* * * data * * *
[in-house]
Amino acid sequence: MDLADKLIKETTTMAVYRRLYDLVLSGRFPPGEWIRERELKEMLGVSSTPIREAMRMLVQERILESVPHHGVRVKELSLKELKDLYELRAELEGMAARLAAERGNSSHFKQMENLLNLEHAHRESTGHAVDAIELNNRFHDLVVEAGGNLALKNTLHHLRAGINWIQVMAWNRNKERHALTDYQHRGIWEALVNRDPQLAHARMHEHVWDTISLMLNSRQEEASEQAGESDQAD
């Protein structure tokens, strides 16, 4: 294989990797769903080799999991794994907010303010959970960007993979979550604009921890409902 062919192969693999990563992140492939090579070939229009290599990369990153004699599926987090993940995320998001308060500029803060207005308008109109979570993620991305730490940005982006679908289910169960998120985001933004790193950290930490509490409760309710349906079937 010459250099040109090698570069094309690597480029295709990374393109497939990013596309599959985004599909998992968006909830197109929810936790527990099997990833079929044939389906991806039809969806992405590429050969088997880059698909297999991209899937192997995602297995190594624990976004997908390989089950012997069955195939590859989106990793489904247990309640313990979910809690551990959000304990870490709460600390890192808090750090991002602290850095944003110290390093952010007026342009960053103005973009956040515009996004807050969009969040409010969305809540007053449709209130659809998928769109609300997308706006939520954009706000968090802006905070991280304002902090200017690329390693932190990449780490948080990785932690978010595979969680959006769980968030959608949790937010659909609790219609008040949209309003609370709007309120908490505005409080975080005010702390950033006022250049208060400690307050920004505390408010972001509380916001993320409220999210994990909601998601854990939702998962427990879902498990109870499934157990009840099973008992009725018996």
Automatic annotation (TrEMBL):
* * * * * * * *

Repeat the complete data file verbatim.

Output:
[in-house]
Amino acid sequence: MDLADKLIKETTTMAVYRRLYDLVLSGRFPPGEWIRERELKEMLGVSSTPIREAMRMLVQERILESVPHHGVRVKELSLKELKDLYELRAELEGMAARLAAERGNSSHFKQMENLLNLEHAHRESTGHAVDAIELNNRFHDLVVEAGGNLALKNTLHHLRAGINWIQVMAWNRNKERHALTDYQHRGIWEALVNRDPQLAHARMHEHVWDTISLMLNSRQEEASEQAGESDQAD
């Protein structure tokens, strides 16, 4: 294989990797769903080799999991794994907010303010959970960007993979979550604009921890409902 062919192969693999990563992140492939090579070939229009290599990369990153004699599926987090993940995320998001308060500029803060207005308008109109979570993620991305730490940005982006679908289910169960998120985001933004790193950290930490509490409760309710349906079937 010459250099040109090698570069094309690597480029295709990374393109497939990013596309599959985004599909998992968006909830197109929810936790527990099997990833079929044939389906991806039809969806992405590429050969088997880059698909297999991209899937192997995602297995190594624990976004997908390989089950012997069955195939590859989106990793489904247990309640313990979910809690551990959000304990870490709460600390890192808090750090991002602290850095944003110290390093952010007026342009960053103005973009956040515009996004807050969009969040409010969305809540007053449709209130659809998928769109609300997308706006939520954009706000968090802006905070991280304002902090200017690329390693932190990449780490948080990785932690978010595979969680959006769980968030959608949790937010659909609790219609008040949209309003609370709007309120908490505005409080975080005010702390950033006022250049208060400690307050920004505390408010972001509380916001993320409220999210994990909601998601854990939702998962427990879902498990109870499934157990009840099973008992009725018996």
Automatic annotation (TrEMBL):